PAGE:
In this piercing follow up to Barely Missing Everything, JD and Danny, still reeling from the gutting death of their best friend by police gunfire, grapple with life-changing decisions and the kind of people they want to be, for Juan.
A year after losing their best friend, JD and Danny are still brokenhearted. JD’s impetuous decision to join the Air Force only makes him yearn for “before” more than ever. Danny, who’d rather paint murals than open a book and certainly never thought of himself as college material, makes the equally impulsive choice to do what Juan will never be able to and enrolls in a community college.
Danny’s father, The Sarge, is proud of him for the first time ever for living out Sarge’s own dream of being a first-generation college student, but Danny can’t shake the thought that it should be Juan, not him. And studying hasn’t gotten any easier for him despite his new academic goals. When Danny is on the verge of flunking out and JD gets notified of imminent deployment, the two are forced to confront their shared grief that led them to these paths. Can they learn to live lives that are their own in honor of Juan, rather than for him?
About the Author
Like his characters, Matt Mendez grew up in central El Paso, Texas. He received an MFA from the University of Arizona and is the author of the short story collection Twitching Heart and young adult novels Barely Missing Everything and The Broke Hearts. He lives in Tucson, Arizona. You can visit him at MattMendez.com.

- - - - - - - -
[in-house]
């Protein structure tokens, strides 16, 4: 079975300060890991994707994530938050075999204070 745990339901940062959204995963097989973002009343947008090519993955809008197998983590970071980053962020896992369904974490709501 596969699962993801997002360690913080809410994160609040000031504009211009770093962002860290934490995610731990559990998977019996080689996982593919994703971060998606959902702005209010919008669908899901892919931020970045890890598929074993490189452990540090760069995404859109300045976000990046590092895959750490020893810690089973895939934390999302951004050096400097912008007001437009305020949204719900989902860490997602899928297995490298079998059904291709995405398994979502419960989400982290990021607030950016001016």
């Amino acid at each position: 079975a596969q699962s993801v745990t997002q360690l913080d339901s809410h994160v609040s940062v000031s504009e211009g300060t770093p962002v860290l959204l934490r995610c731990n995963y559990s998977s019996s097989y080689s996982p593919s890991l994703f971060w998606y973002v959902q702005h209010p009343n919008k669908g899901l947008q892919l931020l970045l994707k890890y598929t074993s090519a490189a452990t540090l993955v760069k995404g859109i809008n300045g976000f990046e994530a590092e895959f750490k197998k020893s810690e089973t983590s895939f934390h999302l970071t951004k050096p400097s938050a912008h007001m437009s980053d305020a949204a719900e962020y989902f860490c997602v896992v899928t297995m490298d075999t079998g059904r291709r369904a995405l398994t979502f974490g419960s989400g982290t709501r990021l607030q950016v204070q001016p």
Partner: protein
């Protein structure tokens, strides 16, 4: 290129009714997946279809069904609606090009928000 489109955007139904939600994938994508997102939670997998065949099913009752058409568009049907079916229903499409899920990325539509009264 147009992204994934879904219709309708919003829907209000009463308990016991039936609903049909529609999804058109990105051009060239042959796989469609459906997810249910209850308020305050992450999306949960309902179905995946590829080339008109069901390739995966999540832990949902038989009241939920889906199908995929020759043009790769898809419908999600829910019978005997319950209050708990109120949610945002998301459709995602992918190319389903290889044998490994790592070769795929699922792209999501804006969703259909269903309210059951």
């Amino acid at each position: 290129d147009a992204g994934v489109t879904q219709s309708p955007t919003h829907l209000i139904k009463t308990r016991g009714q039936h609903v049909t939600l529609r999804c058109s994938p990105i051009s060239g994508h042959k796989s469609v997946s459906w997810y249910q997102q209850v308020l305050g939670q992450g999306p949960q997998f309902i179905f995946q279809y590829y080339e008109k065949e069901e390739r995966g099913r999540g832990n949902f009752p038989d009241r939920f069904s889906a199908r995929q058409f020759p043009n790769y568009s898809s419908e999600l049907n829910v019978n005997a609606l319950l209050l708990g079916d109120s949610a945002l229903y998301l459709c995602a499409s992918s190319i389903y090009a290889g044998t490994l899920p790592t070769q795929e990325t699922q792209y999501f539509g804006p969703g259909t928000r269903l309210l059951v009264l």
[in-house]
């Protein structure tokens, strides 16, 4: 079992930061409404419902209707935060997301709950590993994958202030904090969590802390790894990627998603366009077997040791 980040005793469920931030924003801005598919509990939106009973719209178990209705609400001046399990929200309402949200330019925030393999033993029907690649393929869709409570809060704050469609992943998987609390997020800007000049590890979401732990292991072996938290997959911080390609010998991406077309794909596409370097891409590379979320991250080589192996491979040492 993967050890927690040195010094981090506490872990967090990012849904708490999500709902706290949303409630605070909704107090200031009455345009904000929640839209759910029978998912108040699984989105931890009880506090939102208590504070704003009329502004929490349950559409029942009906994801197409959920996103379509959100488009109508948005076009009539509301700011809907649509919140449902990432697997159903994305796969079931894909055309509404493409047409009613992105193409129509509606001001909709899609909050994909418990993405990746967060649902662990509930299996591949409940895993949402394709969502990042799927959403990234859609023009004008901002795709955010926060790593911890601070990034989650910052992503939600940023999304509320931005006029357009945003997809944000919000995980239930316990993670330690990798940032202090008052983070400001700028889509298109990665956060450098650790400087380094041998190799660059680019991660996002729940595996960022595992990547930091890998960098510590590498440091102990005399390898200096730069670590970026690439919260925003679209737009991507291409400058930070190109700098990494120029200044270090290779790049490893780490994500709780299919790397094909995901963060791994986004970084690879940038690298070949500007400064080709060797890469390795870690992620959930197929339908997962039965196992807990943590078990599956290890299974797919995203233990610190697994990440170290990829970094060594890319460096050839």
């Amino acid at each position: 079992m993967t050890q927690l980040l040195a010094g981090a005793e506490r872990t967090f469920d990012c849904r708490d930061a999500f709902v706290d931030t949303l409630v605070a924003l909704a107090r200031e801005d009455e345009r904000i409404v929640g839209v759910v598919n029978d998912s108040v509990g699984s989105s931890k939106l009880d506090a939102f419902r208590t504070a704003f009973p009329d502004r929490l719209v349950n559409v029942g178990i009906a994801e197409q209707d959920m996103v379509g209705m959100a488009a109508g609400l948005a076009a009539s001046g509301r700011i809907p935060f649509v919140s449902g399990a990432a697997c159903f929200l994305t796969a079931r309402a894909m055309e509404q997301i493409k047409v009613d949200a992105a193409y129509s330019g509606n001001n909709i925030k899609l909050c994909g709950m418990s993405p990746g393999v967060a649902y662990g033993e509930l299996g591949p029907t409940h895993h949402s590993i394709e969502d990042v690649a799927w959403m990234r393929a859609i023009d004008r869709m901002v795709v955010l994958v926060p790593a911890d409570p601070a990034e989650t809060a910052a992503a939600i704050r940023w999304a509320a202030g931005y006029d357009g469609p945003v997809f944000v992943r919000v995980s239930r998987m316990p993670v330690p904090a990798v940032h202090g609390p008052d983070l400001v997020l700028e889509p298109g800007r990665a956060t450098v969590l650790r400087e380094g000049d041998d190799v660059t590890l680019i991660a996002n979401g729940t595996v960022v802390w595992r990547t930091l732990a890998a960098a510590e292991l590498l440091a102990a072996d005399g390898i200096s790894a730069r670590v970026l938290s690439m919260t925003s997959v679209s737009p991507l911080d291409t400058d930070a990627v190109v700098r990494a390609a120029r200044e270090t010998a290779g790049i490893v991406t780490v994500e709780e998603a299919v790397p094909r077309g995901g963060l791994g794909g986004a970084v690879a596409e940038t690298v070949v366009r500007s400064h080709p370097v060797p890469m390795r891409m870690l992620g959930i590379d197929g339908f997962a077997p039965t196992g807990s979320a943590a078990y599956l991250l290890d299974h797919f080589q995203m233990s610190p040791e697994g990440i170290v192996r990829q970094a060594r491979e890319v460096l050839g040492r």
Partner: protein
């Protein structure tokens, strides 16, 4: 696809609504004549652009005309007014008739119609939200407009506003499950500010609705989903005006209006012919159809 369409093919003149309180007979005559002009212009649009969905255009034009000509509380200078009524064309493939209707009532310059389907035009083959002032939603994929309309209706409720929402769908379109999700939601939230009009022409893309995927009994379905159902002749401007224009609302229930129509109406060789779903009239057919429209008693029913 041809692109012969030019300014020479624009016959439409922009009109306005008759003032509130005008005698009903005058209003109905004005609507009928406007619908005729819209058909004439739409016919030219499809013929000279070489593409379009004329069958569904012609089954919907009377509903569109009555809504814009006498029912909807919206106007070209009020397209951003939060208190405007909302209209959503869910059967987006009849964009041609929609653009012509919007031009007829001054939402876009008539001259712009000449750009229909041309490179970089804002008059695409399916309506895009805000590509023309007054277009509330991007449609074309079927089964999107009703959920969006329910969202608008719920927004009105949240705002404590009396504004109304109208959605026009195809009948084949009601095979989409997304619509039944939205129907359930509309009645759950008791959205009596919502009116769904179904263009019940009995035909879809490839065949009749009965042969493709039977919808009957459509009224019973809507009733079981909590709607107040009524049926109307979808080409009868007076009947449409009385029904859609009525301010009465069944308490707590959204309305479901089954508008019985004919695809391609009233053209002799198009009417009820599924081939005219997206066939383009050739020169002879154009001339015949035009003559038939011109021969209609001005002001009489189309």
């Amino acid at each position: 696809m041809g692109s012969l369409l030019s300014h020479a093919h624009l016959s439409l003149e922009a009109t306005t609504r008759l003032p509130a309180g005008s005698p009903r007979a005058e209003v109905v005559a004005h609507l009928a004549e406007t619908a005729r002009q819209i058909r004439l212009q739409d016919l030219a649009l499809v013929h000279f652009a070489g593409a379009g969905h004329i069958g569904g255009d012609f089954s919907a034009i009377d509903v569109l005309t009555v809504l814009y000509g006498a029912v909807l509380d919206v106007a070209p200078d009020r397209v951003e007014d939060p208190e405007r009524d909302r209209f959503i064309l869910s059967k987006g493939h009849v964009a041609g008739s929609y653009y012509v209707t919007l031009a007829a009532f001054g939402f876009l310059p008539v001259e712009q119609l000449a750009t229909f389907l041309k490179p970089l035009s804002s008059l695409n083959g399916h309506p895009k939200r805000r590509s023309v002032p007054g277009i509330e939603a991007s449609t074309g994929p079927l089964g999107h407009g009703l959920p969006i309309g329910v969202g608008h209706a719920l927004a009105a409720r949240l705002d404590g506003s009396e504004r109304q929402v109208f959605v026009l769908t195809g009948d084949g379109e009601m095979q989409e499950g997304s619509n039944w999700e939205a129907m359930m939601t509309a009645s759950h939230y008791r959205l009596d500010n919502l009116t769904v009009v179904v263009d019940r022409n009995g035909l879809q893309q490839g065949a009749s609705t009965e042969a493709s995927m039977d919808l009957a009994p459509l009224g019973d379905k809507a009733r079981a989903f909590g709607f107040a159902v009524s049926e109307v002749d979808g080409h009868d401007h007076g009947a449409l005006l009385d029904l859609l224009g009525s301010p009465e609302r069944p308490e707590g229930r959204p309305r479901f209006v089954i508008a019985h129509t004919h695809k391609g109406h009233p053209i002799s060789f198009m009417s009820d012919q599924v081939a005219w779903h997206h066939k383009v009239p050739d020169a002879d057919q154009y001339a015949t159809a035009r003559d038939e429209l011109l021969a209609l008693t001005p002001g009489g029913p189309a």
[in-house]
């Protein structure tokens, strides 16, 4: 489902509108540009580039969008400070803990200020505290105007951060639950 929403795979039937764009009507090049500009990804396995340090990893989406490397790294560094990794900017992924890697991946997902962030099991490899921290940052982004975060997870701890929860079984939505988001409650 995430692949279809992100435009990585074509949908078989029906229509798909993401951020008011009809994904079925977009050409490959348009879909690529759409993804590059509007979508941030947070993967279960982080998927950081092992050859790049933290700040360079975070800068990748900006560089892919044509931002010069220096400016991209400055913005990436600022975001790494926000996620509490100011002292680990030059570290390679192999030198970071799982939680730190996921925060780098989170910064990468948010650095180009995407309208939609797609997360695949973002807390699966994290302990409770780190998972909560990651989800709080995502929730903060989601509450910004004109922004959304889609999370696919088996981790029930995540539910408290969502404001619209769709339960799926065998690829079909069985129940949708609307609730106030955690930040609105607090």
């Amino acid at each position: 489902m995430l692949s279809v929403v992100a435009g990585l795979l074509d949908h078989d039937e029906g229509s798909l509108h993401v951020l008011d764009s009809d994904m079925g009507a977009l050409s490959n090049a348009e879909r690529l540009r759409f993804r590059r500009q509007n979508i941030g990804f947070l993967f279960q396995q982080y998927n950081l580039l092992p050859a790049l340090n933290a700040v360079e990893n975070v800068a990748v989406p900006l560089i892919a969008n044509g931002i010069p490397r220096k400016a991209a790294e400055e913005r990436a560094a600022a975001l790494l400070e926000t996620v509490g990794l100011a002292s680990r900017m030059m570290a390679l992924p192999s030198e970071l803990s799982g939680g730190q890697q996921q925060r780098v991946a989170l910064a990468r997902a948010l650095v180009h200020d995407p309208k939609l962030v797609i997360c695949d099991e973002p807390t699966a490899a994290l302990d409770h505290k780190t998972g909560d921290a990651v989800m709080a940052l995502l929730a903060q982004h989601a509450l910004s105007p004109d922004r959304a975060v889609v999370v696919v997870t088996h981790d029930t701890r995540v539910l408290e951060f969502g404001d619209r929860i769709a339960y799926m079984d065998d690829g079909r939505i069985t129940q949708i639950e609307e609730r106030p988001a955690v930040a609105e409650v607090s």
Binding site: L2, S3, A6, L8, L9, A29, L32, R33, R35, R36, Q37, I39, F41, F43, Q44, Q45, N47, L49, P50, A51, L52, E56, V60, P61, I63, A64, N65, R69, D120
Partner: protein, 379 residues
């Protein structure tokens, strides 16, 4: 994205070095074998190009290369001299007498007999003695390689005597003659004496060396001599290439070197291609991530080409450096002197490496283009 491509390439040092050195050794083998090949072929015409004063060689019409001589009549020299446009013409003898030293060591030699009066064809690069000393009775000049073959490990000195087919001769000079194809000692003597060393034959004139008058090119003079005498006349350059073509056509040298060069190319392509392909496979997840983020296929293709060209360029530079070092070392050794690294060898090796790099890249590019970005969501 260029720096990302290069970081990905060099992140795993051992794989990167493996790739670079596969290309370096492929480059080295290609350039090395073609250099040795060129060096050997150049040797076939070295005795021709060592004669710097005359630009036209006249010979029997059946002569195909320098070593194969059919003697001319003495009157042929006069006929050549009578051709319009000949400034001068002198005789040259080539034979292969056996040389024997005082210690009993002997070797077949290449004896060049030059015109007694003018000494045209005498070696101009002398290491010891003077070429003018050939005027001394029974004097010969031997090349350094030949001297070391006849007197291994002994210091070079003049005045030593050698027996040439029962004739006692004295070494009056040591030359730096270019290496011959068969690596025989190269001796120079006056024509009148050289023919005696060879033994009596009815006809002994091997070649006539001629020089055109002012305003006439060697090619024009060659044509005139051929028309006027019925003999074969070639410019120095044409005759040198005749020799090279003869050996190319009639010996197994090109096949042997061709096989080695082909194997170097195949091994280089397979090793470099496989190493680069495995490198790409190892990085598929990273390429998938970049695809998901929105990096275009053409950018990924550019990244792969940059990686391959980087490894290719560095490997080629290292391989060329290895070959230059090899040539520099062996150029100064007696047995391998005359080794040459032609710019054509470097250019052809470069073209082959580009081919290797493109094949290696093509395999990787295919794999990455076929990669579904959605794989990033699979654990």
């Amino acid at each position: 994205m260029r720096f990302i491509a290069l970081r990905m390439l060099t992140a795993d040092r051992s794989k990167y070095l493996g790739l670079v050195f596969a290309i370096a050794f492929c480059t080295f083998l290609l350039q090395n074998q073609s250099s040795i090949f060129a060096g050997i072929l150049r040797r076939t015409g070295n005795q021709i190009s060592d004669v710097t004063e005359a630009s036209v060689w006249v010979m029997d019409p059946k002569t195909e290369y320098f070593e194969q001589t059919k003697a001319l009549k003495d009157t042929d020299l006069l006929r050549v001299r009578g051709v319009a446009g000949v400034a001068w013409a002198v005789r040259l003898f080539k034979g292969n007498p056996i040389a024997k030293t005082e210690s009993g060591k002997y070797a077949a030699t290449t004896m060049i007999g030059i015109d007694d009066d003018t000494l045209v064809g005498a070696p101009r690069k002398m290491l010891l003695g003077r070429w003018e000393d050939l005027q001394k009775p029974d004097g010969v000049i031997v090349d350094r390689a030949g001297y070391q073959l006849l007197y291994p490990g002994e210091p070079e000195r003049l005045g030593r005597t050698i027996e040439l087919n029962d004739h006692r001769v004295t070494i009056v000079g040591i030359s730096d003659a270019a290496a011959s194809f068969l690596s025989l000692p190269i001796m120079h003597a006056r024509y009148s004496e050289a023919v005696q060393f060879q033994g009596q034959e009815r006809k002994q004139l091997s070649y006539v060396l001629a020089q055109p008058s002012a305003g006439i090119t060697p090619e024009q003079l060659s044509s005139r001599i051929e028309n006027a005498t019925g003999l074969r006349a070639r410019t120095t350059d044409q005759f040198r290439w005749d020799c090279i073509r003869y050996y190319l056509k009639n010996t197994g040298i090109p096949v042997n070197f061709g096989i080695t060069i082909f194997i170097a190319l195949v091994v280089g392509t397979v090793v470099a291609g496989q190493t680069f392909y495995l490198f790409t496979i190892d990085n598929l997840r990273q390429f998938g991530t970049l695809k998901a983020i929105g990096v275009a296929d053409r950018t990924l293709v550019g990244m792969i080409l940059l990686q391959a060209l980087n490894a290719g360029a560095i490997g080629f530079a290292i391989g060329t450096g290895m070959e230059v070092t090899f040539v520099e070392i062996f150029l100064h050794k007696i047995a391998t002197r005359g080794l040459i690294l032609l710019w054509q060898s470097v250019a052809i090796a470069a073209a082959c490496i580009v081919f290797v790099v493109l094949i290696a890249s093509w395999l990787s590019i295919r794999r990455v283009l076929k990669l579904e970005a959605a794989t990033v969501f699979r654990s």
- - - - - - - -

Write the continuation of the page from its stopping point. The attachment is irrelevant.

In this follow-up to Mendez’s Barely Missing Everything (BCCB 04/19), Juan’s best friends Danny and JD deal with their grief in the wake of Juan’s highly publicized police-involved killing. Danny puts in minimal effort in his University of El Paso art classes despite his recognizable talents and first-generation status, having followed Juan’s dream of attending community college. JD, meanwhile, enlists in the military as a result of the fear and grief associated with seeing his friend’s death firsthand. As deployment approaches, he tries to balance family and the military life that his family never wanted for him. Mendez’s strong narrative and distinct, picturesque writing are both reflected in the artistic aspirations of his protagonists: JD aspires to make movies when he returns from the air force, and his affinity for screenplays is as potent as Daniel’s artistic interest in traditional Mexican and Southwestern aesthetics influences. The two young men aren’t as close as they once were, but they are effectively presented in parallel as Mendez explores masculinity, mourning, and Mexican-American identity with emotional depth that readers will find moving and heartbreaking. WJ — The Bulletin